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By Chandrama Anderson

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About this blog: About this blog: I am a LMFT specializing in couples counseling and grief and have lived in Silicon Valley since 1969. I'm the president of Connect2 Marriage Counseling. I worked in high-tech at Apple, Stanford University, and in ...  (More)

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Couples: When Wrong Admit It; When Right; Shut Up

Uploaded: Jan 19, 2018
“To keep your marriage brimming, With love in the loving cup, Whenever you’re wrong admit it; Whenever you’re right, shut up.” - Ogden Nash

Why is it a good idea to admit when you’re wrong? Here are several reasons:

1. It creates honesty and integrity in your relationship which leads to openness and transparency and ultimately happiness.

2. We’re human; therefore wrong at times; it lets you be human and not perfect. No one is perfect and striving to be so is exhausting for you—and your partner.

3. It lets your beloved feel safe to admit when s/he’s wrong, too.

4. Almost everyone wants a genuine apology when warranted. You need to know your concerns are heard and valued.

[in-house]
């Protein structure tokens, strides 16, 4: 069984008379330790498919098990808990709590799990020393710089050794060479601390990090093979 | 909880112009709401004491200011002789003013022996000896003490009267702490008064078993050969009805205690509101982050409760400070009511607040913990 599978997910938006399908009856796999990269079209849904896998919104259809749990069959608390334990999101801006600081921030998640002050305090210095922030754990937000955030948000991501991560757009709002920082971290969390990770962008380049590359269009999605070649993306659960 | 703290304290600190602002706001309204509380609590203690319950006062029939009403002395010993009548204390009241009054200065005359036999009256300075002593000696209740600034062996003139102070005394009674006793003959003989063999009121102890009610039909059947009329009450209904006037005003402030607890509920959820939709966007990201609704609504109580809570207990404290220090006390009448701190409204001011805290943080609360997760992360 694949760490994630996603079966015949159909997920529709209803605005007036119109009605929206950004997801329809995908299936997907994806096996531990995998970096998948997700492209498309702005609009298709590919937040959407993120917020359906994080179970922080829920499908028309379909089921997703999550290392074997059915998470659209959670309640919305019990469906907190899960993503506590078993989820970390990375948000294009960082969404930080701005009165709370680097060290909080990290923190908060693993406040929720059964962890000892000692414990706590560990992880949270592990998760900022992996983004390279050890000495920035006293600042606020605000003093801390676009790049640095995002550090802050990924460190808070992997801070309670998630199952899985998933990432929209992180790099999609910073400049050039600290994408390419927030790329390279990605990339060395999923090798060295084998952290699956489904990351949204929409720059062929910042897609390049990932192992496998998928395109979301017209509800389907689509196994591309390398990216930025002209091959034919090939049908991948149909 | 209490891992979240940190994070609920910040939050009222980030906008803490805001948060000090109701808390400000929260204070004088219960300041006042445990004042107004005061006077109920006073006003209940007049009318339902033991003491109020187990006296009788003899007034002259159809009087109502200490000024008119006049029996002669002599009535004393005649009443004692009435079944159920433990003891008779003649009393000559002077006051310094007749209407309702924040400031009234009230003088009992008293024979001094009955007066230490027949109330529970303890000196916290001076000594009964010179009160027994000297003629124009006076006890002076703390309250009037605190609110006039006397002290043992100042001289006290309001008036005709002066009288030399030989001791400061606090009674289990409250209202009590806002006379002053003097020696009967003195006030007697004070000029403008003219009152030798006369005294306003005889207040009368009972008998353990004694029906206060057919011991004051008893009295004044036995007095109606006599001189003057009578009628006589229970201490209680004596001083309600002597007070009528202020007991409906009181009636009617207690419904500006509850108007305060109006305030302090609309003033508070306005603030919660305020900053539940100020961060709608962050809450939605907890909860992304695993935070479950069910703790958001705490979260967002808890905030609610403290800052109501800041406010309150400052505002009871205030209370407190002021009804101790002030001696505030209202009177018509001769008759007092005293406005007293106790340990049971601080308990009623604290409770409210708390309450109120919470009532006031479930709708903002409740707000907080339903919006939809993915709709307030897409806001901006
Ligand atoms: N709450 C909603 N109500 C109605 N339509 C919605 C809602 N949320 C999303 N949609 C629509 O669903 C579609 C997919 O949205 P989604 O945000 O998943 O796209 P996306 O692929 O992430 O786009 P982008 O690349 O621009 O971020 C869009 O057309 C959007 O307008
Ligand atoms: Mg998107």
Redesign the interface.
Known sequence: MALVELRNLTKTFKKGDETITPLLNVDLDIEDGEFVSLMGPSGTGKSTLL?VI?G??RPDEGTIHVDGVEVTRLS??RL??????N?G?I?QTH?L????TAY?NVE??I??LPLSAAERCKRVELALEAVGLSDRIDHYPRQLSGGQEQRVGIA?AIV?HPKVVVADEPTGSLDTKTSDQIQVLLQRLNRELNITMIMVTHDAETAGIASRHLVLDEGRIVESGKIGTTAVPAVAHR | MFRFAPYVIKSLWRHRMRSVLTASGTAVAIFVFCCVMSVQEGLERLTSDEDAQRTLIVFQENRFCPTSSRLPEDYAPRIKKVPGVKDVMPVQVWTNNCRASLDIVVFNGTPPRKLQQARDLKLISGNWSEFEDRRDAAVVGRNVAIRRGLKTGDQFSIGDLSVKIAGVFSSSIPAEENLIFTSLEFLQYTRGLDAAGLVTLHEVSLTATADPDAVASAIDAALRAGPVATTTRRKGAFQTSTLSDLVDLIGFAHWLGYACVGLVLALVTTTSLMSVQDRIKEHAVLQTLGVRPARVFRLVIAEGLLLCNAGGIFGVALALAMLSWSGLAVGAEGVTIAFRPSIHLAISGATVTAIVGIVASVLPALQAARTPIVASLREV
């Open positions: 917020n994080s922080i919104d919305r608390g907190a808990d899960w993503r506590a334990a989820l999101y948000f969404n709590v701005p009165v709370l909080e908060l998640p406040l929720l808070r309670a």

5. People have moods. A solid relationship can handle that when it’s handled well between you.

6. It’s possible that in your family growing up you didn’t see your parents apologize to one another or admit a wrong, so you don’t have the context for doing so But you can learn—starting now. Did your parents ever apologize to you?

7. Admitting when you’re wrong actually makes you trustworthy. Sounds sort of backwards; you’ve done a wrong which might make you feel untrustworthy, but admitting it and dealing with it makes you trustworthy. Cool, huh?

It’s just delicious being right, isn’t it? So satisfying and the “I told you so” floats to the surface . . . however, zip it! How does it feel to be on the other end of that smug rightness?

When you’re right, why should you shut up?

1. Because gloating sucks!

2. It pushes your partner away.

3. It creates an up/down power imbalance: I’m up, you’re down; instead of we’re together.

4. Connection and communication are probably the most important things in a relationship; going on about being right costs in both of those areas.

5. S/he probably knows you were right and appreciates not having you rub it in her/his face.

6. It increases your esteem in your partner’s eyes. You’ve been gracious and s/he knows that.

I've worked with plenty of couples who struggle with the need to be right. Once they got past it, their relationship was so much better. Give it a try and let me know how it's going.
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Posted by Sea Seelam Reddy, a resident of College Terrace,
on Jan 24, 2018 at 4:01 am

Sea Seelam Reddy is a registered user.

In a marriage the most important is trust.
It's also being a family and respecting each other.
It's not about who is right who is wrong, it is living the life with mutual admiration and compassion.

Here is my formula; innovation, integrity and inclusion as pillars for living.


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